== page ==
THAI SPICY LIVER SALAD
There are some recipes on the border of what I'd try
Grandma's Liver Nip Recipe
Kyinkyinga (Beef and Liver Kebabs) :
BEEF LIVER CASSEROLE
And there are some I just wouldn't conemplate such as "Recipe to make Delicious Raw Beef Liver children will love"
Isn't that cruelty to children? I have to man up to eat cooked beef liver but ... raw? Is this where little Hanibal Lector got his start?
Beef Liverwurst ... and why does this guy have 22 lbs of beef liver hanging out in the fridge?
Here's a simple recipe that works out pretty well.
Soak the liver in cold water. Boil two tablespoons or so of mustard seeds in about a 1/4 cup of water for a few minutes.
Salt the liver, both sides. Fry in a teflon pan with a small amount of oil. When you turn the liver over, put the mustard seeds on top. Turn the liver over a second time cooking the liver until it's pink inside. Put the liver aside and add some evaporated milk or cream to the mustard seeds in the pan for a nice sauce (if avoiding dairy, use chicken stock).
When eating, the mustard seeds will pop in your mouth like caviar.
The results seem much fancier than what it costs to make.
Because the liver is the animal part that acts as a "clearing house" for all the chemicals that pass through the body, I avoid liver from beef that has been fed on anything other than grasses and grains. I prefer it braised in a mixture of wine, herbs and spices until it is fork tender.
My 'Liver Gourmet Style'...
2 to 3 pieces of beef liver.
Butter, quarter stick (+ or -).
Sliced 'yellow' onion (amount to suit).
Sliced mushrooms (amount to suit).
Pignolias (pine nuts) 1/2 to 1 1/s oz (or amount to suit).
Some sifted flour (seasoned with garlic salt or garlic powder and fresh milled pepper) and laced with a 'small' amount of yellow corn meal and mix all with fork.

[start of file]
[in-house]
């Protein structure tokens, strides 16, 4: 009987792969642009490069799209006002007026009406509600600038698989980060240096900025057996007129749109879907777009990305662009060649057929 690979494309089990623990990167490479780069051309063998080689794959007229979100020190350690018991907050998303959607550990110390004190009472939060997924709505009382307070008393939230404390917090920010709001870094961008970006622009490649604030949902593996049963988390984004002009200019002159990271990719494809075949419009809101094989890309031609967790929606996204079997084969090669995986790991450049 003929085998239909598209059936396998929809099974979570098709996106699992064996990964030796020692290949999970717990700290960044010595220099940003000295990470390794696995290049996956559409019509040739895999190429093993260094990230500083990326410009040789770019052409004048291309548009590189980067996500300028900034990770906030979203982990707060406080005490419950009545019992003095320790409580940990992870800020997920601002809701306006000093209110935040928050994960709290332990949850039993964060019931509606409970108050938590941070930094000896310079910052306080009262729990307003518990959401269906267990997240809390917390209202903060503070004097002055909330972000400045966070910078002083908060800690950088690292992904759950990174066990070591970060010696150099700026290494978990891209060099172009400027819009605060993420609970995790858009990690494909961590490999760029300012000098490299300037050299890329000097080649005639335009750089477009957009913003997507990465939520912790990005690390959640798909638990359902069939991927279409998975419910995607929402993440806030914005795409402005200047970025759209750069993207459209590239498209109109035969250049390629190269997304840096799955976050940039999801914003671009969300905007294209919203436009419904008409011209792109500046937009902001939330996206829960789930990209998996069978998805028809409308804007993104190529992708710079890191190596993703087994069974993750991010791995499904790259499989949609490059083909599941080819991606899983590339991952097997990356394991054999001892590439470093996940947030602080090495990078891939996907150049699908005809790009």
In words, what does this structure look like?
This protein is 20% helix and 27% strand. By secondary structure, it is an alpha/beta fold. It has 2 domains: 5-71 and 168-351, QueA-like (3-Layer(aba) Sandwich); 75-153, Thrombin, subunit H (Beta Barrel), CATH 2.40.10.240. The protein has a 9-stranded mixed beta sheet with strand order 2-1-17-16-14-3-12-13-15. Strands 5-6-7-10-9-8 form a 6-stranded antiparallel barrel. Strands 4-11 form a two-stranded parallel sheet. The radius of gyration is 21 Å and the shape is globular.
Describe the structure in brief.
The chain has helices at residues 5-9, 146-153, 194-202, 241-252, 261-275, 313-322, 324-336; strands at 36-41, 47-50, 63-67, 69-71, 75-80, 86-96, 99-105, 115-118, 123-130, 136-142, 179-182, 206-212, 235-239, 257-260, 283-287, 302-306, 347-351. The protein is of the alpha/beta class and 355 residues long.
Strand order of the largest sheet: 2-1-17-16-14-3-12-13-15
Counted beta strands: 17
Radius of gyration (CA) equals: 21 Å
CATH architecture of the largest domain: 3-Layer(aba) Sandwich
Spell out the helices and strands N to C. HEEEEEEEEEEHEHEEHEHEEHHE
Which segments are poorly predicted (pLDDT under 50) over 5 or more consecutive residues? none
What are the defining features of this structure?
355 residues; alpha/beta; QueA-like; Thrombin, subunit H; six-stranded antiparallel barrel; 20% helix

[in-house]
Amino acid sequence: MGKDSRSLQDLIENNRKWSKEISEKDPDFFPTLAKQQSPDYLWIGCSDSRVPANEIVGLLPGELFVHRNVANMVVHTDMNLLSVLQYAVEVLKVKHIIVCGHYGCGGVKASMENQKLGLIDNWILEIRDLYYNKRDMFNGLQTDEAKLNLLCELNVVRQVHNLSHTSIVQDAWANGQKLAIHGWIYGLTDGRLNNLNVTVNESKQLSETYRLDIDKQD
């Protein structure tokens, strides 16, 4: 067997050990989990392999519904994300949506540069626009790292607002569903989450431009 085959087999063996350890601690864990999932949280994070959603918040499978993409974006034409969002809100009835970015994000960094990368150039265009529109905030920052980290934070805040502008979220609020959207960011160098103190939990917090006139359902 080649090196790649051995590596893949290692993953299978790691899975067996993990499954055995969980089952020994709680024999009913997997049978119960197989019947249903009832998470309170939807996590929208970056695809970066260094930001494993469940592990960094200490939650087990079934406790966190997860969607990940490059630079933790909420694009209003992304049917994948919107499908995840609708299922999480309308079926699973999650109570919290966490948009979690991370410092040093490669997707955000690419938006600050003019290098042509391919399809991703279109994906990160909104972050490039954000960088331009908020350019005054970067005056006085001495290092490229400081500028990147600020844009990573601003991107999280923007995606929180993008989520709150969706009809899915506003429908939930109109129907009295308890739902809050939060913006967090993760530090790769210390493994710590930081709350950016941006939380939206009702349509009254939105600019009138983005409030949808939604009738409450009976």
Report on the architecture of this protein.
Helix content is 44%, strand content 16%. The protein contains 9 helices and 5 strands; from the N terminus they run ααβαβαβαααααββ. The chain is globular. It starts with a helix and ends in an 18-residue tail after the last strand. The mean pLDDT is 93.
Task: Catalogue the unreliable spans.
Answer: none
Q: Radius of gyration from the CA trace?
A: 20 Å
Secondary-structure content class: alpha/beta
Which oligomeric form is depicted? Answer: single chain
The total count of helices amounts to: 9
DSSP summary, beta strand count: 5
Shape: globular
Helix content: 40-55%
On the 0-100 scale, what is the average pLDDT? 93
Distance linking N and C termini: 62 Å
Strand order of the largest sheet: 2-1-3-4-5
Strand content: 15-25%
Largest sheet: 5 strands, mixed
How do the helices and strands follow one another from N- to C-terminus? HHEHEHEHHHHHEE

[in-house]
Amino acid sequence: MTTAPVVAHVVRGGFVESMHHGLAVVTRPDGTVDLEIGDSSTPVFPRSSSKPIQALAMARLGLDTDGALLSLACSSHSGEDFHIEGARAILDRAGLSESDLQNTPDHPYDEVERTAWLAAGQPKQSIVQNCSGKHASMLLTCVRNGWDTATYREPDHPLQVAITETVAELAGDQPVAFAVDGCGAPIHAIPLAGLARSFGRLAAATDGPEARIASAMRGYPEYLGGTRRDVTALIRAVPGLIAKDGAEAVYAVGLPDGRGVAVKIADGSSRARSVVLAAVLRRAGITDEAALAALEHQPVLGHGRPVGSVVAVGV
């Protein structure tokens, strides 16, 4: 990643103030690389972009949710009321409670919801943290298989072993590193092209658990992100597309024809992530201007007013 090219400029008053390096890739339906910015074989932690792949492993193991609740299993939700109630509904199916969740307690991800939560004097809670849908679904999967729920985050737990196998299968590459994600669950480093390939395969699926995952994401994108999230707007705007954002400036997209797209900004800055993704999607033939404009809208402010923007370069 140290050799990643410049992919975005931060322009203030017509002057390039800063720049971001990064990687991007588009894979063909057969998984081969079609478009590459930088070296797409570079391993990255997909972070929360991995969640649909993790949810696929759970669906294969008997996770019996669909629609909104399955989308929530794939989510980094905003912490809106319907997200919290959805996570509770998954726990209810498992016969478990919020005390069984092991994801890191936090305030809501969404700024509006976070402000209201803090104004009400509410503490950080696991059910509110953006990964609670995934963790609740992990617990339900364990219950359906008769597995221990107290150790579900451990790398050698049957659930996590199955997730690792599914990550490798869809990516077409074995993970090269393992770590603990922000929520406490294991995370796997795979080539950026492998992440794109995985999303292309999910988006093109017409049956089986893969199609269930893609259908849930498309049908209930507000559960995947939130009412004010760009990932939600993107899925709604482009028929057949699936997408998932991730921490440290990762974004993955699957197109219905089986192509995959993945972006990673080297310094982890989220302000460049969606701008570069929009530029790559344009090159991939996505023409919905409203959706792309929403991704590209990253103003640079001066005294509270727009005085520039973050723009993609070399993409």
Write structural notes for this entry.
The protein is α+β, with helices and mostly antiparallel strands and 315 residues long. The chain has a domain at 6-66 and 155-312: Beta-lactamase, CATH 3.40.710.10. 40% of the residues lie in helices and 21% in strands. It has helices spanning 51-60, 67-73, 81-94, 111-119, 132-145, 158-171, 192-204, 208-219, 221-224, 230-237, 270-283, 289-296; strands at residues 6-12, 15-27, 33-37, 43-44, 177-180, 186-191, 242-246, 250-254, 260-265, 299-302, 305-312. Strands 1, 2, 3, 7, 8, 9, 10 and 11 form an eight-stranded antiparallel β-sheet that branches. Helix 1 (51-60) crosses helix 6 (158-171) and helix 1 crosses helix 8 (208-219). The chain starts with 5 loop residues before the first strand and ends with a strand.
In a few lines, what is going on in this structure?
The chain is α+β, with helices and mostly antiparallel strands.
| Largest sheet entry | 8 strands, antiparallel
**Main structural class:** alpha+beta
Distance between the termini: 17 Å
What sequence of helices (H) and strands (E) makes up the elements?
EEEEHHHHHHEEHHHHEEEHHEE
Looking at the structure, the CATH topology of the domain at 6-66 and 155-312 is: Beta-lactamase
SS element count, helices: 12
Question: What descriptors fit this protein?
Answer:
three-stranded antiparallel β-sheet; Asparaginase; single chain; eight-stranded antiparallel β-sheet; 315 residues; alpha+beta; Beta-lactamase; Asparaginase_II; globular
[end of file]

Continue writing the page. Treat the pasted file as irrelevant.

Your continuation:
(Optional, but highly recommended) Chopped or crushed sun dried tomato.
In an iron skillet melt butter over a low flame.
While butter is melting dredge liver pieces in seasoned flour mixture, set aside for moment.
Turn up burner to medium flame and just as butter begins to brown slightly add liver pieces. Brown on both sides for a total of 5 to 7 minutes, then remove and place on 'holding' plate.
Now to the skillet add onions, mushrooms, and pignolias add a little more butter and sautee for three or four minutes or until slightly browned. Now return liver pieces to skillet on top of mixture, cover and cook for just a few moment more.
(Serving suggestion...I serve this with a Caesar Salad and French cut green beans topped with slivered almonds both which really seemed to compliment the liver prepared this way)
Presentation...Plate liver and spoon on top with sauteed onions, mushrooms, and pignolias and garnish with a sprinkle of the crushed/chopped sun dried tomato. Plate green beans. Salad on plate or serve separately.
Just remembered reading that pureed raw liver goes into the ground beef in White Castle slyder copycat recipes, which contributes a certain smoothness to the texture of the burger. I must try that in ordinary homemade burgers and in meatball/meatloaf mixture.
There's always the classic German dish, Leberkloesschen (liver dumplings). But I must admit that when I buy a pound of liver I generally just divide the remaining raw liver into portions and freeze for future frying.